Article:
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Your little one feels warm to the touch. After taking their temperature, you realize it’s 103°F — a fever!

Even if this scenario sounds super familiar, it can still catch you off guard. Before you race to the doctor, though, take a deep breath.

It’s helpful to familiarize yourself with fever, its function in the human body, and any warning signs that may mean it’s serious — or, alternatively, when you can relax.

Related: What you should do if your newborn has a cold

Normal body temperature is around 98.6°F, though it may fluctuate slightly higher or lower throughout the day. A fever starts with any temperature that reaches 100.4°F or above.

A temperature between 100.4°F and 102.2°F is considered a low-grade fever; a temperature above 102.2°F is considered a high fever.

A fever isn’t a sickness in itself. Instead, elevated body temperature is a sign that your child’s immune system is hard at work fighting off some type of invader — usually an illness or infection.

Along with an elevated temperature, your child may experience these fever symptoms:

The number on the thermometer isn’t always the best indicator of how sick your child is. You need to take into account:

  • your child’s age
  • how they’re acting
  • the number of days they’ve had the fever
  • any other symptoms you observe

For example, a small percentage of younger kids — usually between the ages of 6 months and 5 years, according to Mayo Clinic — may even experience febrile seizures. These seizures may involve jerking motions or look like your child is passing out.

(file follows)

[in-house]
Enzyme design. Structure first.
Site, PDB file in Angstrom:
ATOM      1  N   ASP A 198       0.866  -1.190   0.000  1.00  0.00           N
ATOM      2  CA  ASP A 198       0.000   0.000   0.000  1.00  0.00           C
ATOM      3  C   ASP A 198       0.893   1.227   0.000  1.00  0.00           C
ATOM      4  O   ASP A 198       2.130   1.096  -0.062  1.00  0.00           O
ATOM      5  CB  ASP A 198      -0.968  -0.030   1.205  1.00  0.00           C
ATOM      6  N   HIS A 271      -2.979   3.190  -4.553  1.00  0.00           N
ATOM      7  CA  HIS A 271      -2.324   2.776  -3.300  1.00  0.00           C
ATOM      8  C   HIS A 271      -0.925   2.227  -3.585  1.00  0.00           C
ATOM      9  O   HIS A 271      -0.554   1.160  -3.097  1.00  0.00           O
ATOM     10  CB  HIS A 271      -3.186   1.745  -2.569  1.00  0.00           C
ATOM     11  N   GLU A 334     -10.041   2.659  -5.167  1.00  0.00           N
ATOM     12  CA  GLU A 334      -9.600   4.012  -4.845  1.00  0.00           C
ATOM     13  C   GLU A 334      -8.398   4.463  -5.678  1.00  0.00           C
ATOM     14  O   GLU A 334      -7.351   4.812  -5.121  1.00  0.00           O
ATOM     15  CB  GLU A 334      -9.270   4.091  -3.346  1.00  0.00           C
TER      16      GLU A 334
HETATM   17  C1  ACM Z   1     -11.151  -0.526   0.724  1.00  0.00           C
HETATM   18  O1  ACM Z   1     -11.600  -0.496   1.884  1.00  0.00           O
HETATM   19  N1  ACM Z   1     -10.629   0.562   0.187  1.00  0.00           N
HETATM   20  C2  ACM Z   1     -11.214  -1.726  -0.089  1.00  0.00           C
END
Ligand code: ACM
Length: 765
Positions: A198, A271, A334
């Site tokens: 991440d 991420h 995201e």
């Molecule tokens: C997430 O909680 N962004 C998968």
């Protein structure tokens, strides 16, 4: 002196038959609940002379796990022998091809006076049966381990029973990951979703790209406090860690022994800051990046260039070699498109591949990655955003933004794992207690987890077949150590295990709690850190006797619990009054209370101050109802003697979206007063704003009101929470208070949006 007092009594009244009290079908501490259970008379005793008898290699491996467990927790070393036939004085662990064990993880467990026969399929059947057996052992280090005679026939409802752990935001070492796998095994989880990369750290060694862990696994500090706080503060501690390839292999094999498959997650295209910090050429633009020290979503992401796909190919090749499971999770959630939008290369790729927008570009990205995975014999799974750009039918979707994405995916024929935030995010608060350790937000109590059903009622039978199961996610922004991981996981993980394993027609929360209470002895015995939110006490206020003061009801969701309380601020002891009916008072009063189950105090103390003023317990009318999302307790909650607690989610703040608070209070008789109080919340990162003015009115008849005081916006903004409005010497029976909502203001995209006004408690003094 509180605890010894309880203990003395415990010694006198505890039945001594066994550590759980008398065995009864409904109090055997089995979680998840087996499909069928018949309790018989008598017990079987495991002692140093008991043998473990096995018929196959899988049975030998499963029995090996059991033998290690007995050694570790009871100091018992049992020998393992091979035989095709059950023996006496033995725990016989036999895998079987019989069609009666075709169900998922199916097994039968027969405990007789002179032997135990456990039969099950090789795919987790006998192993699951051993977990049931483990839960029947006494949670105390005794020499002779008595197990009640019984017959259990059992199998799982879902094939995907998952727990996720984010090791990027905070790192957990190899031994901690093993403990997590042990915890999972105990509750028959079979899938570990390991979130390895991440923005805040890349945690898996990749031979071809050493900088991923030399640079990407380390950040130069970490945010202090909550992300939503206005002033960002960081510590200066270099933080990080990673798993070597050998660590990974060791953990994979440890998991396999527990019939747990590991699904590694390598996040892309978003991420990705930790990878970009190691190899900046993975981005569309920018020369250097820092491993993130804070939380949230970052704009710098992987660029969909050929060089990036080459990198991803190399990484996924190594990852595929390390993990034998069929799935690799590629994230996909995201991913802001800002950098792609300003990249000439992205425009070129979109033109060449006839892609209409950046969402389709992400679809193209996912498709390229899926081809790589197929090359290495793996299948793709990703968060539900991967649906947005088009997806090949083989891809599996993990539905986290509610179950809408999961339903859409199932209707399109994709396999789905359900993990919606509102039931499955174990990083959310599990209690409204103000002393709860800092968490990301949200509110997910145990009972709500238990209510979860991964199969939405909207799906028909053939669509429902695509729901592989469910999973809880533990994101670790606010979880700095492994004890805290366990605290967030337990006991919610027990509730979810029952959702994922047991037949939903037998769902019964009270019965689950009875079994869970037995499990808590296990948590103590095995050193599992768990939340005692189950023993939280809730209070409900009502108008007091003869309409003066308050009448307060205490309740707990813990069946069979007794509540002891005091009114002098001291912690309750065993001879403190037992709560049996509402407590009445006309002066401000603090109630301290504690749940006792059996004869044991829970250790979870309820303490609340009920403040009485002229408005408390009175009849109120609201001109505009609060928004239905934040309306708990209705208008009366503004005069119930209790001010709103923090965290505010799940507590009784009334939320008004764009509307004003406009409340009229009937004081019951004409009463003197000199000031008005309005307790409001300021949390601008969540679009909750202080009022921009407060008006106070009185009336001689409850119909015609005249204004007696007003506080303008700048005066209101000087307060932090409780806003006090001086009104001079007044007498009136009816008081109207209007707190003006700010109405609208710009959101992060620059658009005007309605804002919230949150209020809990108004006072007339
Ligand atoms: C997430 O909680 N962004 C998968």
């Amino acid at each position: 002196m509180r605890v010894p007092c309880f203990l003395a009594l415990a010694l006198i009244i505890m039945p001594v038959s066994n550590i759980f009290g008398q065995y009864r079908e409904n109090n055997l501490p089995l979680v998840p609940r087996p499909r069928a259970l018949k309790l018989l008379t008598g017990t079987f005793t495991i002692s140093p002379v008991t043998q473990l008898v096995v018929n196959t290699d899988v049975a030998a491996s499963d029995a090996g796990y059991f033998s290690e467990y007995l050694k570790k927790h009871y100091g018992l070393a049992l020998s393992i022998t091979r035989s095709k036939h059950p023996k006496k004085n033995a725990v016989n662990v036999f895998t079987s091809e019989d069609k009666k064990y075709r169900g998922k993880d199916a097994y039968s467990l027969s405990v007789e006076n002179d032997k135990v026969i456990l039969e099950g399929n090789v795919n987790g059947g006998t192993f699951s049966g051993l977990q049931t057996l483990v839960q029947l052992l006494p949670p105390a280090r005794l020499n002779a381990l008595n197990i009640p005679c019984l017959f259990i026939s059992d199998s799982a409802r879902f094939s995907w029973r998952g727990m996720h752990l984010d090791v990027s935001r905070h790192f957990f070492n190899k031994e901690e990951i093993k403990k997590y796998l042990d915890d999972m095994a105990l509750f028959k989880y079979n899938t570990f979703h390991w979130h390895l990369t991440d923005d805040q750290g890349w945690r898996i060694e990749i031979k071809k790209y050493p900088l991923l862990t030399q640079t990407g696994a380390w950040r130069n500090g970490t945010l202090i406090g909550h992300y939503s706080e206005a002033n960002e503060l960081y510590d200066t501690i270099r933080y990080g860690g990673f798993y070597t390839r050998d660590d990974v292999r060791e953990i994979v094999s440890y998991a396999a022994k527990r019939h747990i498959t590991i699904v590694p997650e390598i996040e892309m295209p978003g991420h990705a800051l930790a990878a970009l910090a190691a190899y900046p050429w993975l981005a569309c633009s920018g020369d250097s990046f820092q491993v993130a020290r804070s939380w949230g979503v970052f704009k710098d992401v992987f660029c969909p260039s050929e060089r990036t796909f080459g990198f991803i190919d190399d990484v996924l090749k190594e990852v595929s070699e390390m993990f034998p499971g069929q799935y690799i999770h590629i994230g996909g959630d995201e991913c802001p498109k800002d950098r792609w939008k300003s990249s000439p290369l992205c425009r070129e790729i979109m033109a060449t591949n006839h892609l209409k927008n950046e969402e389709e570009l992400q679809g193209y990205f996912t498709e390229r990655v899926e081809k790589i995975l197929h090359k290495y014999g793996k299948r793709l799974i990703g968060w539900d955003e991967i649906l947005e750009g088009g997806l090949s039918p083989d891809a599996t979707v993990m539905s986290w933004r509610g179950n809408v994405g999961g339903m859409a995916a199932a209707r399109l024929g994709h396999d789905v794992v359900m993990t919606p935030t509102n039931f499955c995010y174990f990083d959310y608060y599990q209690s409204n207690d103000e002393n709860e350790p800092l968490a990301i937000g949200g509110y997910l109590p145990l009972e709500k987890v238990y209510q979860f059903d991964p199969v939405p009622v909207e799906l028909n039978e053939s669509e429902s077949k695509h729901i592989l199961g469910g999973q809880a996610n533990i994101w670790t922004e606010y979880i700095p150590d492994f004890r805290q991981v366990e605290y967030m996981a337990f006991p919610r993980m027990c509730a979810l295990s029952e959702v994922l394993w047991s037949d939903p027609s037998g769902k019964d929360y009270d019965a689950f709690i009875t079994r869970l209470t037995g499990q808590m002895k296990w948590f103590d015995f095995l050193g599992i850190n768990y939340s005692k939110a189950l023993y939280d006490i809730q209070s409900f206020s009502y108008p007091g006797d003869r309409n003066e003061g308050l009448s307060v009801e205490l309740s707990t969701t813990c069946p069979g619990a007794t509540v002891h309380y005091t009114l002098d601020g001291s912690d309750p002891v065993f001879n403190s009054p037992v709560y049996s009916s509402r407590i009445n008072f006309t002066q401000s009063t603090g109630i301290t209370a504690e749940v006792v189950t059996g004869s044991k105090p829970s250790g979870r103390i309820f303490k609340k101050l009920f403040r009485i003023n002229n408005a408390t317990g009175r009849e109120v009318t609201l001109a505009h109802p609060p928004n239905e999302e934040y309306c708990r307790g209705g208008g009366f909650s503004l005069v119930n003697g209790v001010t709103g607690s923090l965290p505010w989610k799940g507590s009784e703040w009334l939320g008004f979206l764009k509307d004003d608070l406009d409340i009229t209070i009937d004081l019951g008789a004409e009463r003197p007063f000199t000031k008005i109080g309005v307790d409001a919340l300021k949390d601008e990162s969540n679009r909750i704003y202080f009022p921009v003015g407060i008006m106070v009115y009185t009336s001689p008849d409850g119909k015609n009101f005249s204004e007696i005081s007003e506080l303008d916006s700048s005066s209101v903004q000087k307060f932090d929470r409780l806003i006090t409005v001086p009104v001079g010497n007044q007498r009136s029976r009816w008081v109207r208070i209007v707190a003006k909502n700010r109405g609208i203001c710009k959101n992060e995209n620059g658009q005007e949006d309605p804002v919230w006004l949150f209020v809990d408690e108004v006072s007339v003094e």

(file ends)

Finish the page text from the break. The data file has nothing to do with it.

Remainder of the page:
Call your doctor if your child experiences a seizure or call 911 if the seizure lasts longer than 5 minutes.

In young babies, even slight temperatures may be a reason for concern. That’s why you should always contact your doctor or head to urgent care if your little one has any fever that’s 100.4°F or above. (The same goes with a temperature lower than 97.7°F when taken rectally.)

You should also head to the ER if your baby has a fever and any of the following symptoms:

  • trouble feeding
  • trouble breathing
  • unexplained rash
  • vomiting or diarrhea
  • acting differently (lethargic, inconsolable, etc.)

For the most accurate read, take your infant’s temperature with a digital thermometer inserted rectally (yes, that’s the best way). There’s some research to suggest that temporal artery thermometers can work accurately for this age as well, but speak with your doctor for guidelines.

Related: Baby fever 101: How to care for your child